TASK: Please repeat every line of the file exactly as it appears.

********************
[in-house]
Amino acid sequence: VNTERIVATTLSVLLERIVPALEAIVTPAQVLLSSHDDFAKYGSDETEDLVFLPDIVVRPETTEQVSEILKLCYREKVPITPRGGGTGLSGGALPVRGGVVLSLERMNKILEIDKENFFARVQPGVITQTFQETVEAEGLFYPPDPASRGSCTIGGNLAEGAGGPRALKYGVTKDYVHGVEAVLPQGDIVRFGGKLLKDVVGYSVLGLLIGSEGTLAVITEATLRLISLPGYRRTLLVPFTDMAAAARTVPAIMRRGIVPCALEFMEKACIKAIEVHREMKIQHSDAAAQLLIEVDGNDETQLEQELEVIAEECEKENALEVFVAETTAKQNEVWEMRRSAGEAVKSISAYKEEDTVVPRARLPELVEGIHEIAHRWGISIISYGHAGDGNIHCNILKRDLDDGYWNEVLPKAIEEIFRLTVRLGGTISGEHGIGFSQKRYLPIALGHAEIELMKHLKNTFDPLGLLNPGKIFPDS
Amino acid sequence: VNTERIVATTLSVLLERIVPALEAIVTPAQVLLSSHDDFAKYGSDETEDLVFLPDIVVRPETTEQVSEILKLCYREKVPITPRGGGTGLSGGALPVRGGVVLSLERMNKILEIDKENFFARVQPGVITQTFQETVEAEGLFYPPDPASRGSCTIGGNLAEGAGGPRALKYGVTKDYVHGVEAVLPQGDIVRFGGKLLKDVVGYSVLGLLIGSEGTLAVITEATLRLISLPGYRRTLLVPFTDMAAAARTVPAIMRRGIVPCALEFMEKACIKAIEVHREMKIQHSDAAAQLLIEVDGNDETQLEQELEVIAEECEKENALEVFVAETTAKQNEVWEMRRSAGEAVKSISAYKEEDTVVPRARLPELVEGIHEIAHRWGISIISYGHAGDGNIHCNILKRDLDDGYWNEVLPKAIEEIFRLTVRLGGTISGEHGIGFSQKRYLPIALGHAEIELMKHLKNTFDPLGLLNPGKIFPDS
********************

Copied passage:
[in-house]
Amino acid sequence: VNTERIVATTLSVLLERIVPALEAIVTPAQVLLSSHDDFAKYGSDETEDLVFLPDIVVRPETTEQVSEILKLCYREKVPITPRGGGTGLSGGALPVRGGVVLSLERMNKILEIDKENFFARVQPGVITQTFQETVEAEGLFYPPDPASRGSCTIGGNLAEGAGGPRALKYGVTKDYVHGVEAVLPQGDIVRFGGKLLKDVVGYSVLGLLIGSEGTLAVITEATLRLISLPGYRRTLLVPFTDMAAAARTVPAIMRRGIVPCALEFMEKACIKAIEVHREMKIQHSDAAAQLLIEVDGNDETQLEQELEVIAEECEKENALEVFVAETTAKQNEVWEMRRSAGEAVKSISAYKEEDTVVPRARLPELVEGIHEIAHRWGISIISYGHAGDGNIHCNILKRDLDDGYWNEVLPKAIEEIFRLTVRLGGTISGEHGIGFSQKRYLPIALGHAEIELMKHLKNTFDPLGLLNPGKIFPDS
Amino acid sequence: VNTERIVATTLSVLLERIVPALEAIVTPAQVLLSSHDDFAKYGSDETEDLVFLPDIVVRPETTEQVSEILKLCYREKVPITPRGGGTGLSGGALPVRGGVVLSLERMNKILEIDKENFFARVQPGVITQTFQETVEAEGLFYPPDPASRGSCTIGGNLAEGAGGPRALKYGVTKDYVHGVEAVLPQGDIVRFGGKLLKDVVGYSVLGLLIGSEGTLAVITEATLRLISLPGYRRTLLVPFTDMAAAARTVPAIMRRGIVPCALEFMEKACIKAIEVHREMKIQHSDAAAQLLIEVDGNDETQLEQELEVIAEECEKENALEVFVAETTAKQNEVWEMRRSAGEAVKSISAYKEEDTVVPRARLPELVEGIHEIAHRWGISIISYGHAGDGNIHCNILKRDLDDGYWNEVLPKAIEEIFRLTVRLGGTISGEHGIGFSQKRYLPIALGHAEIELMKHLKNTFDPLGLLNPGKIFPDS